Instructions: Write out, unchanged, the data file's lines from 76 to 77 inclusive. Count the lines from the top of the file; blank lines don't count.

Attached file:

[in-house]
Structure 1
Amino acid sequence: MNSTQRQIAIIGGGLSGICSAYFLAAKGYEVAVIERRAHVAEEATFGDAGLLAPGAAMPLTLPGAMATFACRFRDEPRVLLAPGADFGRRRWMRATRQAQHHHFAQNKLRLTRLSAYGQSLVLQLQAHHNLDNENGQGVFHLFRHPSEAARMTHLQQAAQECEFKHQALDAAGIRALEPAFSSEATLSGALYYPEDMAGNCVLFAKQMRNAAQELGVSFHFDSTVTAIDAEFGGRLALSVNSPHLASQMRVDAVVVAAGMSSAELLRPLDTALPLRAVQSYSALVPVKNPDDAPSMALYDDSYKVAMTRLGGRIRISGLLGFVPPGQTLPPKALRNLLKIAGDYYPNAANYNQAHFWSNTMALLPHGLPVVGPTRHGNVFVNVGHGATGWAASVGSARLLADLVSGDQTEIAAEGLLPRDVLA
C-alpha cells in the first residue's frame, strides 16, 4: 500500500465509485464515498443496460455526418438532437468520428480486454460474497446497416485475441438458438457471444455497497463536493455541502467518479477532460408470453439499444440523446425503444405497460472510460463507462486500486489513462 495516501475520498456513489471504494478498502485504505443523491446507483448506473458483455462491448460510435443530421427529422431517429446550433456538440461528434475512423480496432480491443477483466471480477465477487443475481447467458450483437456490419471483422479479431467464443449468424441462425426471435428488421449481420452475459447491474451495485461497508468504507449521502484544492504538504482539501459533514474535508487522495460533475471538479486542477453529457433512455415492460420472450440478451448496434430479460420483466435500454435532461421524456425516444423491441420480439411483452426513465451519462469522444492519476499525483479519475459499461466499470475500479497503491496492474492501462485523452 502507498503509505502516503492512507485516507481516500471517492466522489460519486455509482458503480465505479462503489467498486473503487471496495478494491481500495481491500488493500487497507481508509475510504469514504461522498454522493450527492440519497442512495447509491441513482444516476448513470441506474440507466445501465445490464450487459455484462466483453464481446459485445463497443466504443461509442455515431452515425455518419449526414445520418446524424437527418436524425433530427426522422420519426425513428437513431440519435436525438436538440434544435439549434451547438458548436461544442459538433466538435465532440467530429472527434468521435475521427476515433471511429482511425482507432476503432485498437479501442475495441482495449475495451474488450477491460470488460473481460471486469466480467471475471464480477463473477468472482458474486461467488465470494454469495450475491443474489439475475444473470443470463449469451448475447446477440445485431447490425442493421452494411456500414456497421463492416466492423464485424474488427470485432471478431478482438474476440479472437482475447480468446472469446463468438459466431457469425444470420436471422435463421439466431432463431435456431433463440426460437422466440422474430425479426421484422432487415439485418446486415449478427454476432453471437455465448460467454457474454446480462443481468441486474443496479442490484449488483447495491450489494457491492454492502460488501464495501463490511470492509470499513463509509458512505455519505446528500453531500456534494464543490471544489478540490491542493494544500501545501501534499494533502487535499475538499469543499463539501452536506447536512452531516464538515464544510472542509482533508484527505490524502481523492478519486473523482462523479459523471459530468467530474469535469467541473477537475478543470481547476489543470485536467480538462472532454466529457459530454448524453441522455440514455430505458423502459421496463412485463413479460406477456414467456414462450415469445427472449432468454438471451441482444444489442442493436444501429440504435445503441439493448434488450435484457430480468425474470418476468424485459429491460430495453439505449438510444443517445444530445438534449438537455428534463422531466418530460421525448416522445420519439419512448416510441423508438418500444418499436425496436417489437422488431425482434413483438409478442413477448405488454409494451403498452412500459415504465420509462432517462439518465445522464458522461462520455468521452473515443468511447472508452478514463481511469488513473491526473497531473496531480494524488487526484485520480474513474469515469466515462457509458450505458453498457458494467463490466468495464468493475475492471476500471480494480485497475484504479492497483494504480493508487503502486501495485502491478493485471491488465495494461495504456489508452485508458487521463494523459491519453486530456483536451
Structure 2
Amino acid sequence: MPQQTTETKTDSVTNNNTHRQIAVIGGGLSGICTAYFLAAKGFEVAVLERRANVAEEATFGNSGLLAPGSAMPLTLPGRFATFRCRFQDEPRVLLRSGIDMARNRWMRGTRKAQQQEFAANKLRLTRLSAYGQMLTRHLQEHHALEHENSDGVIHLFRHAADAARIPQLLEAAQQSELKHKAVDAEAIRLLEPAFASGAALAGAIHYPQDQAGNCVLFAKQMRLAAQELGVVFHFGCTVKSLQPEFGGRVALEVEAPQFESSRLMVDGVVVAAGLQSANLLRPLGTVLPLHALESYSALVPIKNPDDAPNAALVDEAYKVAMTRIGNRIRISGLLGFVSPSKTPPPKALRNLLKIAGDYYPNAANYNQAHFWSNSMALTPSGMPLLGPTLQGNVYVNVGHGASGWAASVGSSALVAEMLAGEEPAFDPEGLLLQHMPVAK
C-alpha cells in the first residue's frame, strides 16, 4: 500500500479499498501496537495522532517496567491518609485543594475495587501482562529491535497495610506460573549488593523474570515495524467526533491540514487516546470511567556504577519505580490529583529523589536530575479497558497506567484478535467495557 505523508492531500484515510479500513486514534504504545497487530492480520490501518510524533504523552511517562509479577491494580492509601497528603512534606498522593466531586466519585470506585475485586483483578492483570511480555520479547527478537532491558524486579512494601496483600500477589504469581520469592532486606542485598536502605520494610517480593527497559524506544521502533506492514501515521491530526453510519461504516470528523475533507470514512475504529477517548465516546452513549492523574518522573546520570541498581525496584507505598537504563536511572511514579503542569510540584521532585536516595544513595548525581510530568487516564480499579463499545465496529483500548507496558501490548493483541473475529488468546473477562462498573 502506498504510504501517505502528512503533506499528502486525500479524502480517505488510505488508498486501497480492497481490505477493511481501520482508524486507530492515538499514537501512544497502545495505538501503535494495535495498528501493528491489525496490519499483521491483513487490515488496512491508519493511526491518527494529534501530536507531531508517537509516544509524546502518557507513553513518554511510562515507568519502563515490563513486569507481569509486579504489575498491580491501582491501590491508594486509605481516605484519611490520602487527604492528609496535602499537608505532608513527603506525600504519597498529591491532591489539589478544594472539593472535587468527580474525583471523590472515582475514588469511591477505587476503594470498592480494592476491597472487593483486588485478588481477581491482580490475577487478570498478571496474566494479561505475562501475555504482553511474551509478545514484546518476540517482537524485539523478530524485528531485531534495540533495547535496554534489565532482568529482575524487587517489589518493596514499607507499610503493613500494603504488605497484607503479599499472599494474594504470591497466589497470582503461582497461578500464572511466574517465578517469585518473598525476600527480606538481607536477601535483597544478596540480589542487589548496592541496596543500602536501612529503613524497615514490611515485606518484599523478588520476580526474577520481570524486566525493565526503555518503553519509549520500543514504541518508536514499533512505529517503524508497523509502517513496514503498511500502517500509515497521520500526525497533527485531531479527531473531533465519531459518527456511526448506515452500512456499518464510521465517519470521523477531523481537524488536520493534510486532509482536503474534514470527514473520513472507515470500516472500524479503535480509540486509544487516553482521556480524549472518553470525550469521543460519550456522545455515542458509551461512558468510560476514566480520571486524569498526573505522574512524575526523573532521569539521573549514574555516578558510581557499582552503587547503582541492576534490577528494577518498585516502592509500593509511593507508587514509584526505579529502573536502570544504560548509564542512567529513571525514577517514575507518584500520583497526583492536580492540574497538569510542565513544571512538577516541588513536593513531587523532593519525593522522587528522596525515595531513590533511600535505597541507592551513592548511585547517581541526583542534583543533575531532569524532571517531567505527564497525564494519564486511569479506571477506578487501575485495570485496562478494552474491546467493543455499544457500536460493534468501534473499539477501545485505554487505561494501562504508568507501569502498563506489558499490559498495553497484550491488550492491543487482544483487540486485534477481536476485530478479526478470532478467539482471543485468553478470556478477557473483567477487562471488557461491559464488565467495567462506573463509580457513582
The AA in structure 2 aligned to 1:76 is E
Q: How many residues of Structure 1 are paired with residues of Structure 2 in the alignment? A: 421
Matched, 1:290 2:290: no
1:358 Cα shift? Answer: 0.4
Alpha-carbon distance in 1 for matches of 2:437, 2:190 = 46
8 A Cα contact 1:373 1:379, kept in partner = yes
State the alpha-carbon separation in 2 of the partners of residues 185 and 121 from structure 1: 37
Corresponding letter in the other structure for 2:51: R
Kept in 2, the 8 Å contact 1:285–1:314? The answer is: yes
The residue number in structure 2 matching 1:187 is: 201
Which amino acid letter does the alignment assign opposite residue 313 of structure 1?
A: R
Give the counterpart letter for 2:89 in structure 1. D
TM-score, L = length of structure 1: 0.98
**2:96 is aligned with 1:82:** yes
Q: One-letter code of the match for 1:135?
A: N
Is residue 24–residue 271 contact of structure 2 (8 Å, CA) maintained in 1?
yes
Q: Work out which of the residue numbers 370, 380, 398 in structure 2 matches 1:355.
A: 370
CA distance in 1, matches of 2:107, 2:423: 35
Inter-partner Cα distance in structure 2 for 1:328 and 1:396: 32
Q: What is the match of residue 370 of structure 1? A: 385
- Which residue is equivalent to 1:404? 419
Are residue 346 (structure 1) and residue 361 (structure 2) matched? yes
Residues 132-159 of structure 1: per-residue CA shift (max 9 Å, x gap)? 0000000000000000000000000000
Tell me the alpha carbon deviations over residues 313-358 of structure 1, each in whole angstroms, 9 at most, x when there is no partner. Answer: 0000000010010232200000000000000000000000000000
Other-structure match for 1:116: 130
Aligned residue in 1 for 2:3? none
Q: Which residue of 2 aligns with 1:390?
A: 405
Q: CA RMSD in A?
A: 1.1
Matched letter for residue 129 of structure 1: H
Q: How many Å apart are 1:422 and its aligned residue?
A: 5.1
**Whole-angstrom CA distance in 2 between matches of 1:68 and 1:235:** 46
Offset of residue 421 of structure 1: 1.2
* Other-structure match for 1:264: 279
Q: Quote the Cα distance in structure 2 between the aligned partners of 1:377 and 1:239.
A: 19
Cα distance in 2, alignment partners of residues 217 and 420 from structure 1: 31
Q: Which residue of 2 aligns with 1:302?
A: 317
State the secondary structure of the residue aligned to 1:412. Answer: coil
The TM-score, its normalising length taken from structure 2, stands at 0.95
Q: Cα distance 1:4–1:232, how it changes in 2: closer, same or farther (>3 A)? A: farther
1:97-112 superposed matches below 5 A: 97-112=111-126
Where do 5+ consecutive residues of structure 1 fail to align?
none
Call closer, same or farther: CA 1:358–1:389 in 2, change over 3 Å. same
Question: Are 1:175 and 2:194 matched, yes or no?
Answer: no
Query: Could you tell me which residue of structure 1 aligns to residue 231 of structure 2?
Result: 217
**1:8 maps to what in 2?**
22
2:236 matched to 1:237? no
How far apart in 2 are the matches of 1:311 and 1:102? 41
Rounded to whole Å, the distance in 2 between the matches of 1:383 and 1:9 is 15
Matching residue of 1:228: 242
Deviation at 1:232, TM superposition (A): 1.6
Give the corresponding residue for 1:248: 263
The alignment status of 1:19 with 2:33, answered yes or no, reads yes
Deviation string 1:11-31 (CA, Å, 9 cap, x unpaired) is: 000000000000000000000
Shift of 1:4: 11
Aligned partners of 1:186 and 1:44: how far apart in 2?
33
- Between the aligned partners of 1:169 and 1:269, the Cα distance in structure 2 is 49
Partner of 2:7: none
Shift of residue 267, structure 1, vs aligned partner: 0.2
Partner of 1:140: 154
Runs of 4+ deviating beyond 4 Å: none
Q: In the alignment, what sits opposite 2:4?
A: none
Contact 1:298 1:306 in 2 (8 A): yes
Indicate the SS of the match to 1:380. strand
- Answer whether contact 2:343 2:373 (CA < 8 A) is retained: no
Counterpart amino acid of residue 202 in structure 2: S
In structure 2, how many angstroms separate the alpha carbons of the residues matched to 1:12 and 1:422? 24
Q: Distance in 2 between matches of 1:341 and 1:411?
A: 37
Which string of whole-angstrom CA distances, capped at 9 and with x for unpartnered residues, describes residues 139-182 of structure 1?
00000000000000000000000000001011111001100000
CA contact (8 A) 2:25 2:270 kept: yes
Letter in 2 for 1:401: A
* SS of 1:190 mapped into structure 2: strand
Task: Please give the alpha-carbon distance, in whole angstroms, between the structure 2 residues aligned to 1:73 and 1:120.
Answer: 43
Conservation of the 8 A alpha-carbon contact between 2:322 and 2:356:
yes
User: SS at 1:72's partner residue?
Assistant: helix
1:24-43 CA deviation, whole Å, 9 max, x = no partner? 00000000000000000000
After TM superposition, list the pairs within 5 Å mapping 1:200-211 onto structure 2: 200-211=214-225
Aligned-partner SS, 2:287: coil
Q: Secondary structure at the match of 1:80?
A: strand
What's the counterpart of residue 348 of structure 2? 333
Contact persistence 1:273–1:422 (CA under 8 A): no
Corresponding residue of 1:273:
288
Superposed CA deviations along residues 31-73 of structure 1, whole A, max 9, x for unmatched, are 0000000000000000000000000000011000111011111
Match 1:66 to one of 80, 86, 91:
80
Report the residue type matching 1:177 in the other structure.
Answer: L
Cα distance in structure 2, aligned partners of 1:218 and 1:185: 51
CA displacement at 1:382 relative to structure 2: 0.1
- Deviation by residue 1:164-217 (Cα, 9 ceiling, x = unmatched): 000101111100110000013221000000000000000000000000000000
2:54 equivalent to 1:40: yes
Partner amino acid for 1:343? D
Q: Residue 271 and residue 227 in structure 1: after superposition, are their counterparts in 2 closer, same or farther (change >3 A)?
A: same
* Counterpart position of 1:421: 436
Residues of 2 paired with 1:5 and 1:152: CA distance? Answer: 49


33
- Between the aligned partners of 1:169 and 1:269, the Cα distance in structure 2 is 49